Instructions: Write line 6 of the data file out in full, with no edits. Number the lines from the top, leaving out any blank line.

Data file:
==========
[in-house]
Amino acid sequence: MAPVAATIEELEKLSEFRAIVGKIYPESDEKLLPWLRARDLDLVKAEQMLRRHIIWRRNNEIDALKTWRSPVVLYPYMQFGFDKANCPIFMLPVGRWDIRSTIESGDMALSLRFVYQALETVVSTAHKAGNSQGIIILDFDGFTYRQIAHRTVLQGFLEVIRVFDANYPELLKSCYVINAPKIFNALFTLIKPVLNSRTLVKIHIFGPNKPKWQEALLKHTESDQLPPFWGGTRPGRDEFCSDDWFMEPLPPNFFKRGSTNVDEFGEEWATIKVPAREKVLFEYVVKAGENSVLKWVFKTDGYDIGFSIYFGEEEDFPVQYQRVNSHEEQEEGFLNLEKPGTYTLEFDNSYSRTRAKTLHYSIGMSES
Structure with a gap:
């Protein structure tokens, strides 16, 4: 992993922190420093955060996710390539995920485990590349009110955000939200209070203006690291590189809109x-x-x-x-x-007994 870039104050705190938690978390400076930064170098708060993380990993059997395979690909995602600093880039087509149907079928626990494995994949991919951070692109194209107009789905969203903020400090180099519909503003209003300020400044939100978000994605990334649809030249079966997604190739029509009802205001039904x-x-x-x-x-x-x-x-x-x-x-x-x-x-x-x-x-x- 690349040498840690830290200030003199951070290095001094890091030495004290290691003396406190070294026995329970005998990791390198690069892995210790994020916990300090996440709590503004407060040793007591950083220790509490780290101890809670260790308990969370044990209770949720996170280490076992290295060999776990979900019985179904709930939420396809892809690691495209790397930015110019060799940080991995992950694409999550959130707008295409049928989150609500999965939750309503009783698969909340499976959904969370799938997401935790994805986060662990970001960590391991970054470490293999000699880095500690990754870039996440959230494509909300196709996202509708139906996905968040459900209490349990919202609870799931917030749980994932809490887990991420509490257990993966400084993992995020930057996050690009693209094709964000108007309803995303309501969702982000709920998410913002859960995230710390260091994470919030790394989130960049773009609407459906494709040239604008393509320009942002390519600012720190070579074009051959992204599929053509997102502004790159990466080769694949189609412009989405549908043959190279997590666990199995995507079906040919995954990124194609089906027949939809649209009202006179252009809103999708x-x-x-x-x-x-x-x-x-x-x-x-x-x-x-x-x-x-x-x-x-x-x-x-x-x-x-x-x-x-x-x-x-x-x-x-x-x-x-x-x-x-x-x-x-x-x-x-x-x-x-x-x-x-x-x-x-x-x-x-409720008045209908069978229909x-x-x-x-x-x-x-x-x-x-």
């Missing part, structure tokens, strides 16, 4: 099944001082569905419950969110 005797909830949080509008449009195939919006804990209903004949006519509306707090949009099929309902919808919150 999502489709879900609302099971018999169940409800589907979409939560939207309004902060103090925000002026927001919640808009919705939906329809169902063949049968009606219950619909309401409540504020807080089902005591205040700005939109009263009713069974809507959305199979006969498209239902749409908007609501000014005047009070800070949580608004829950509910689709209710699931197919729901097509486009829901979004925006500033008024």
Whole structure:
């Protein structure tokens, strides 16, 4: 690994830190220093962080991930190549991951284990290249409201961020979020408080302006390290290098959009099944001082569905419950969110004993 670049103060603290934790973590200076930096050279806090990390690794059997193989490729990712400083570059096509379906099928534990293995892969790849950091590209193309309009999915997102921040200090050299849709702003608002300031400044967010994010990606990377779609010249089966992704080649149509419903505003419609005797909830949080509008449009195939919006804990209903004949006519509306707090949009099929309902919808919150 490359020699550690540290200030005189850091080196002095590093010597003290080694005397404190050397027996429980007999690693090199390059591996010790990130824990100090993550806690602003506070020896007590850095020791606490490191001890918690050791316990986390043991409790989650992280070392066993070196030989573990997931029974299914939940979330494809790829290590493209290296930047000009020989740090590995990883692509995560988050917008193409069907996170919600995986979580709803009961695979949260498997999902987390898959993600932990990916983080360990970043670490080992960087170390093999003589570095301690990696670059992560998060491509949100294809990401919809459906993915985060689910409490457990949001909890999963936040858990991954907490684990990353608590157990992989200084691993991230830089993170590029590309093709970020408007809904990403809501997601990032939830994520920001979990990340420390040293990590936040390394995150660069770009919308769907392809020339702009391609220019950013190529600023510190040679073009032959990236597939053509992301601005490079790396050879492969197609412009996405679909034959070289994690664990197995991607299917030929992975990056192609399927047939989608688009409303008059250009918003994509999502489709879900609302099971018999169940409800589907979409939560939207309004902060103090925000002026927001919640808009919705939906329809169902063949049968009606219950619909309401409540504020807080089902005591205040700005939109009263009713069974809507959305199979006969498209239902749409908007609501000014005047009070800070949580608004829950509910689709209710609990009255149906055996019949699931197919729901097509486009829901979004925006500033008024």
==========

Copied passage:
Whole structure: